Tender: Stories

Tender: Stories

Sofia Samatar / Feb 26, 2020

Tender Stories The first collection of short fiction from a rising star whose stories have been anthologized in the first two volumes of the Best American Science Fiction and Fantasy series and nominated for many aw

  • Title: Tender: Stories
  • Author: Sofia Samatar
  • ISBN: 9781618731265
  • Page: 291
  • Format: Hardcover
  • The first collection of short fiction from a rising star whose stories have been anthologized in the first two volumes of the Best American Science Fiction and Fantasy series and nominated for many awards Some of Samatar s weird and tender fabulations spring from her life and her literary studies some spring from the world, some from the void.

    • Best Read [Sofia Samatar] Ë Tender: Stories || [Children's Book] PDF Ø
      291 Sofia Samatar
    • thumbnail Title: Best Read [Sofia Samatar] Ë Tender: Stories || [Children's Book] PDF Ø
      Posted by:Sofia Samatar
      Published :2019-05-18T11:04:39+00:00

    About "Sofia Samatar"

      • Sofia Samatar

        Sofia Samatar is the author of the novels A Stranger in Olondria and The Winged Histories She is the recipient of the William L Crawford Award, the John W Campbell Award for Best New Writer, the British Fantasy Award, and the World Fantasy Award.


    602 Comments

    1. This is a beautiful, original, often surprising, and yes, tender, short story collection by a fantastic author. Samatar’s novels are lovely, but I think she may excel even more in the short story format, which combines her exquisite writing with compressed plots that necessarily move briskly. And her wide command of genres is impressive: fantasy, science fiction, historical fiction, fairy tales, contemporary, young adult. Most of the stories are sci-fi and fantasy, and while I love fantasy I t [...]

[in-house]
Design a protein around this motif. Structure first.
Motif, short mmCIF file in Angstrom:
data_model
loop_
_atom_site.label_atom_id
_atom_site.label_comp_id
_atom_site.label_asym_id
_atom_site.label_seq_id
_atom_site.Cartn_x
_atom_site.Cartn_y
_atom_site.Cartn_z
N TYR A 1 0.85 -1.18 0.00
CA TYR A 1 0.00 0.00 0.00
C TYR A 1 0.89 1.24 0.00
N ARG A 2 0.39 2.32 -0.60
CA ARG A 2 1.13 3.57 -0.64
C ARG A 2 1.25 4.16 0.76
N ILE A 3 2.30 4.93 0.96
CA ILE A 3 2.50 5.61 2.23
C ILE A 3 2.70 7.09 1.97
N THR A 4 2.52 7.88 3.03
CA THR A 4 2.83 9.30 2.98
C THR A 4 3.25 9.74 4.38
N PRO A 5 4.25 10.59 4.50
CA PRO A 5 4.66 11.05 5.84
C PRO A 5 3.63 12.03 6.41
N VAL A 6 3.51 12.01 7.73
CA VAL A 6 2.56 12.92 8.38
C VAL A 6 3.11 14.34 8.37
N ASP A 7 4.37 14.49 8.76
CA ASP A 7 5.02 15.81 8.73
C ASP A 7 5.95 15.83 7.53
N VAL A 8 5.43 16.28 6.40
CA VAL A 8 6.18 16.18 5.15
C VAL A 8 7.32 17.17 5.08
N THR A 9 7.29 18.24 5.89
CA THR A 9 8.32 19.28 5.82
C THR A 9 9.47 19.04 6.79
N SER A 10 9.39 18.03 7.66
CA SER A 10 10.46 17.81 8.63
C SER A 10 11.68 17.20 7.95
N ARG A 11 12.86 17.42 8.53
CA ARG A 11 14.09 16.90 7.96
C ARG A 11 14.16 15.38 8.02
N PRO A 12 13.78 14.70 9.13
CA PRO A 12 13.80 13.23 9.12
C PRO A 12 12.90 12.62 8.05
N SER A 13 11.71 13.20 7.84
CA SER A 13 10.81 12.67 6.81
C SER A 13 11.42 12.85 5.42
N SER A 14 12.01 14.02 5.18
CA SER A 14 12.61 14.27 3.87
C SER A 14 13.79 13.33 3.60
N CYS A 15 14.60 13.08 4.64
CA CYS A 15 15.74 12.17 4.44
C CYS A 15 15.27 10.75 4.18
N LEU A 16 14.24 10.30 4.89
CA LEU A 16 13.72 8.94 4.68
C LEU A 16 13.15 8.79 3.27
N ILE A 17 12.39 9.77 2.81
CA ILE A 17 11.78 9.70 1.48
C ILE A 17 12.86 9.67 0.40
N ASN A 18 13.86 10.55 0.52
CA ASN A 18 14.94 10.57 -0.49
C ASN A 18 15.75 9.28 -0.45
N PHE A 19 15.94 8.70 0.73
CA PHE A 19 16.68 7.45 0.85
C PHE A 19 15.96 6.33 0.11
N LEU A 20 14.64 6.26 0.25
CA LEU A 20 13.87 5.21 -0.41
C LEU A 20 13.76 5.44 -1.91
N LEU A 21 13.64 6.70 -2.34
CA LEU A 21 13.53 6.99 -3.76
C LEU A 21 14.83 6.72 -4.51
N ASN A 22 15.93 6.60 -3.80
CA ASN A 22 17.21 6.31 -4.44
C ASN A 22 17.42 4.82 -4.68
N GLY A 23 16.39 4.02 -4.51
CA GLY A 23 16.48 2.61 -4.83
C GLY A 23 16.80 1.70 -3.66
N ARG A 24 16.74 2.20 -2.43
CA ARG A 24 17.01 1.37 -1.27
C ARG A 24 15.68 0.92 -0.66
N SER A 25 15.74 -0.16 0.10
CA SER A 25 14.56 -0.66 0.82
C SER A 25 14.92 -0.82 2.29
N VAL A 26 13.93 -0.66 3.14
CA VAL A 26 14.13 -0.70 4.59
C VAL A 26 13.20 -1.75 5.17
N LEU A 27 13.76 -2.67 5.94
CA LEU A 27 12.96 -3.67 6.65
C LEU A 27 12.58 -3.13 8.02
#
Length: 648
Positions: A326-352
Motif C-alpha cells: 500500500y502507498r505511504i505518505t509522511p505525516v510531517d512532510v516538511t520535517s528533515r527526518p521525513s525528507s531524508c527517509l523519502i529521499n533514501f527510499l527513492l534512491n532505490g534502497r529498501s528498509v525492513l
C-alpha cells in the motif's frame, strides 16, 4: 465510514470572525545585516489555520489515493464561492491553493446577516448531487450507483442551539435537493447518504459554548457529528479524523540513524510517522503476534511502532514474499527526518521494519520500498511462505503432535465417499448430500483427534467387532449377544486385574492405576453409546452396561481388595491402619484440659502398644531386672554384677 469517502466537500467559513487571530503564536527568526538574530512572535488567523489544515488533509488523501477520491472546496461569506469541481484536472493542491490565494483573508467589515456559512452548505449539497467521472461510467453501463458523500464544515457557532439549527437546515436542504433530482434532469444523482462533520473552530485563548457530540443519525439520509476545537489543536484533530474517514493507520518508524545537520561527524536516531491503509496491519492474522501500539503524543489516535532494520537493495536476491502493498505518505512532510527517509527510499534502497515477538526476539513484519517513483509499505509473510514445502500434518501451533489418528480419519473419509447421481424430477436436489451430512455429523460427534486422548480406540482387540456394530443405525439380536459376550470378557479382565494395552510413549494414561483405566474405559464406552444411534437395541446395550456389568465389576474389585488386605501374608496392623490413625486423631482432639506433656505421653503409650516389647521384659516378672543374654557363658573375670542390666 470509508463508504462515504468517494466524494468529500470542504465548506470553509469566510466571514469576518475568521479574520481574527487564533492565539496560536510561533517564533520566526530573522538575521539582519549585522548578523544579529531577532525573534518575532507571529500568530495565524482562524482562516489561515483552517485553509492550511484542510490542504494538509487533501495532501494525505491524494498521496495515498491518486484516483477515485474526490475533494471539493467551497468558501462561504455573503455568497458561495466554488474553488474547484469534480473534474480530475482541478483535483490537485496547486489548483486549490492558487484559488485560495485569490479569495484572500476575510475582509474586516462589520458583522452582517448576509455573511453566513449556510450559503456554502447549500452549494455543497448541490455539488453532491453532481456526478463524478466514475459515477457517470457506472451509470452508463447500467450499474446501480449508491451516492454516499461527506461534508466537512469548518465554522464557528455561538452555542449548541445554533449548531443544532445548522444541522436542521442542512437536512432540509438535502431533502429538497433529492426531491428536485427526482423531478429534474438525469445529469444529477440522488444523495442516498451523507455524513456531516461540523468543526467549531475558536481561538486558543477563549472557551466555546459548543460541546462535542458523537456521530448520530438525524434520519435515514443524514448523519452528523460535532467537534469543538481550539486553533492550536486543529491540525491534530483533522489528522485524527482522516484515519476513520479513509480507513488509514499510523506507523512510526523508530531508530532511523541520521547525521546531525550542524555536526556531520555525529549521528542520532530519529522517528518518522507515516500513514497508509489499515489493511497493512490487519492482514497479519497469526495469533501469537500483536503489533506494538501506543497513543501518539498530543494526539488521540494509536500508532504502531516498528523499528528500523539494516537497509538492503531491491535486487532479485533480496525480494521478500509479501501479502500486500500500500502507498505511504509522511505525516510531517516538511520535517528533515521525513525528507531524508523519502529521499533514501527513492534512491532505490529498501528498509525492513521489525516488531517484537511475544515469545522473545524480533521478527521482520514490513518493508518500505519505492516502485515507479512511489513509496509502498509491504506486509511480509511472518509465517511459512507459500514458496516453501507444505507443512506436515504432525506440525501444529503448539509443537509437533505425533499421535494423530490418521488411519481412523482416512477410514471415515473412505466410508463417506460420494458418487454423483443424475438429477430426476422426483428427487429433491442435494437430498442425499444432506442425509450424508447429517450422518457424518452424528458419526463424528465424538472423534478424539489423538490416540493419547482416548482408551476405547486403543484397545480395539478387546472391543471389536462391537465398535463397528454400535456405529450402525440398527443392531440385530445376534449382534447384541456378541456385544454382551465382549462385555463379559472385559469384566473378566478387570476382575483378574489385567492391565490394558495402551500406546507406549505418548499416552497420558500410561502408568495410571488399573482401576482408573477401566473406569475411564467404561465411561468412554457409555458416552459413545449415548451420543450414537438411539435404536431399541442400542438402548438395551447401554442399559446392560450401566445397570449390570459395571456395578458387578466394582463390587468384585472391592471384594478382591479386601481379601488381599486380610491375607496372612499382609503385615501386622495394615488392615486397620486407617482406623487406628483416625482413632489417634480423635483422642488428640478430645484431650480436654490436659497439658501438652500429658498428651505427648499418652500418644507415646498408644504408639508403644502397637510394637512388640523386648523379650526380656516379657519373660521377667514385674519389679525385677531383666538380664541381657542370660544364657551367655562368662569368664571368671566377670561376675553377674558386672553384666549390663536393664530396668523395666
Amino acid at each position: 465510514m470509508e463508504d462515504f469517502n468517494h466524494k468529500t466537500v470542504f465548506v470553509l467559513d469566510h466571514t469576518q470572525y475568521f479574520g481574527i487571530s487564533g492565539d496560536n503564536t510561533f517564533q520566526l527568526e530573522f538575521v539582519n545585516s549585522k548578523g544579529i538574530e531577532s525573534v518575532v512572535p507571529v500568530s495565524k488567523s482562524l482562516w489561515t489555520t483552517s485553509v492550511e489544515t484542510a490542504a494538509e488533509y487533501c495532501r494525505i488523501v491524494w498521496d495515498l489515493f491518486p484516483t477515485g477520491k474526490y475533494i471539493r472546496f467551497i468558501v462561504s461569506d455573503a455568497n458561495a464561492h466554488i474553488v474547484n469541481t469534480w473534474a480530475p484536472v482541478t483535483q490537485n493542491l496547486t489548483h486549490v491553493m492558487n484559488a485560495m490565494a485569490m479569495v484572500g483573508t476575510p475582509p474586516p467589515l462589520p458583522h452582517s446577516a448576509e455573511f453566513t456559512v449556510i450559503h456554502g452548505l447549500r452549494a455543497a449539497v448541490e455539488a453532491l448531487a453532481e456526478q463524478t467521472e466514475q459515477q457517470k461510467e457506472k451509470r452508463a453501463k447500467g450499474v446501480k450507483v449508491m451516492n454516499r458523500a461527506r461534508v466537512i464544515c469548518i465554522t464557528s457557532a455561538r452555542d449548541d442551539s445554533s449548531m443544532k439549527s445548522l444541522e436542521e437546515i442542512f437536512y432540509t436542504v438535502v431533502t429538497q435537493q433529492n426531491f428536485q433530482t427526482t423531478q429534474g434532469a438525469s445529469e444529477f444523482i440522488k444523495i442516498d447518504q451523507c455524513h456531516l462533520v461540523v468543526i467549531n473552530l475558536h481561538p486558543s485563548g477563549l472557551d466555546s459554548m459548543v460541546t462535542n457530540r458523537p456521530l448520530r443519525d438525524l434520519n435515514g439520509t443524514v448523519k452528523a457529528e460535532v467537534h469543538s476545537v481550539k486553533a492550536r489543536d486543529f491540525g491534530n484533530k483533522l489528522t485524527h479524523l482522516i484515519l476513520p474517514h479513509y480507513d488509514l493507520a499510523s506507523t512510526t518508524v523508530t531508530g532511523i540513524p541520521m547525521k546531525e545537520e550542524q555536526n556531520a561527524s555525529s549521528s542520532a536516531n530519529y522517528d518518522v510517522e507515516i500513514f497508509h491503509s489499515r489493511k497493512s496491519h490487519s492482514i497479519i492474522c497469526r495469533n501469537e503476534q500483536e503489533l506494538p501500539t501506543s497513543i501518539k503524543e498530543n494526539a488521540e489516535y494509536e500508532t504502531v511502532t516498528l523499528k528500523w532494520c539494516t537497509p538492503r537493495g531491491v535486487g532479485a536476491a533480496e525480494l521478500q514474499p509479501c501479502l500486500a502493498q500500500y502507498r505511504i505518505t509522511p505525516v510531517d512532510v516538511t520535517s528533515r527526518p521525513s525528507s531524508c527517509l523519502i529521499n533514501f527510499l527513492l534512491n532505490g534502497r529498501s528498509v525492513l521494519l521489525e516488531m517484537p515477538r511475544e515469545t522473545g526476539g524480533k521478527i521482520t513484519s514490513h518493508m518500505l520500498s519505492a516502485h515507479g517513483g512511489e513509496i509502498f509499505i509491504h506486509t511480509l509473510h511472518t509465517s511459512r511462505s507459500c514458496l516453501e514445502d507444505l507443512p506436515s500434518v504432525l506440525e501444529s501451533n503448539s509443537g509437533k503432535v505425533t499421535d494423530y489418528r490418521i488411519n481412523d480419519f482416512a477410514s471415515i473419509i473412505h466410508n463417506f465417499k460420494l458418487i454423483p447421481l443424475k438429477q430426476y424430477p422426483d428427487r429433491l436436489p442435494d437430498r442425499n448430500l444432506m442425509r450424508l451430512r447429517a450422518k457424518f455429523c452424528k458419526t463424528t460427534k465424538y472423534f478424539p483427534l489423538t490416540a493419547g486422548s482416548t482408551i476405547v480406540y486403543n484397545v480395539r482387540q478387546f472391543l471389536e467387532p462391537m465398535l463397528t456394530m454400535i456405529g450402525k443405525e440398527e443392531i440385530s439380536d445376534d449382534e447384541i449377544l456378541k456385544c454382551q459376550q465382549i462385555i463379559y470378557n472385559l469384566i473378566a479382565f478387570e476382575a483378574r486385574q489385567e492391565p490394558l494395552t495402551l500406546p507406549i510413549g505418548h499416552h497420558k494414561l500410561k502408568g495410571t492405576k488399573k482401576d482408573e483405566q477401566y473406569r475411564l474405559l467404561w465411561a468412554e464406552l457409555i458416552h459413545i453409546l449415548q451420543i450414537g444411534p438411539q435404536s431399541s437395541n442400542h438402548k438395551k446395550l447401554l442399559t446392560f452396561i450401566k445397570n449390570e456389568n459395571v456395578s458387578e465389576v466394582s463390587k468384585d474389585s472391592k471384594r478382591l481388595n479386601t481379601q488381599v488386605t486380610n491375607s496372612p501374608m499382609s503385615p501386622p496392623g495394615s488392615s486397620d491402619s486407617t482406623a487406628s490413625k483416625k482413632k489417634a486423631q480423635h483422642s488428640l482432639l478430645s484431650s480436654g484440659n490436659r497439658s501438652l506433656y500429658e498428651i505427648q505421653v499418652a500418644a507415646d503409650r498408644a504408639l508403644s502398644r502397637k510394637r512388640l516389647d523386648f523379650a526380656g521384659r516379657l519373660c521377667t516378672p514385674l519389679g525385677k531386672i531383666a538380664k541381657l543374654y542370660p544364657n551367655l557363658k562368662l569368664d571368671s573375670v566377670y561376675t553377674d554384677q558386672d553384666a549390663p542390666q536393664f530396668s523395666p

2. This collection is quite stellar. I'm still wrapping my head around the brilliance of Sofia Samatar. I wrote a review for Chicago Review of Books and you can check it out here:chireviewofbooks/2017/05/


    3. I don't even know what to say about Samatar anymore.everything I read from her is immersive and breathtaking. I'd read many of these stories before in various spec fic publications but a good portion was new and wholly amazing. One of my favorites (and it was a favorite of mine when it was originally published) is her "Ogres of East Africa". Longer review to come. Thanks to the publisher for the e-galley!



    4. As with any collection of short stories, the majority of these are good, a couple are lacklustre, and a few are spectacular. Samatar draws out, with tenderness, the aches and injuries and wounds of humanity and humans, these being two different things that intersect. Fantastic stories, often science fiction or fantasy with fairy tale elements, that express different pains in exquisite ways, always with a delicate prose and unique voice. I really enjoyed these, and look forward to reading more bu [...]


    5. I received this book through the LibraryThing Early Reviewers Program.I had read one of Samatar's stories before, her acclaimed "Selkie Stories are for Losers," and was happy to read it again as the opener to this collection. Samatar's stories are eloquent and thought-provoking. She doesn't use formulaic plots like most short stories writers; her narrative tends to glide along, relying on inference rather than blunt statements. She often draws on themes of isolation. I found some of the works a [...]


    6. The best book of 2017. Each story contains a whole world. Each object, each tiny thing, has so much metaphorical or symbolic weight, and is also itself. People who love generously, cruelties that resonate & expose entire structures and ways of being that depend upon them. Potatoes, lassi, American soda, cigarettes made from scraps of written records. Stories made up of letters and other documents that question that very materiality, the ethics of writing and recording and excavating. Excavat [...]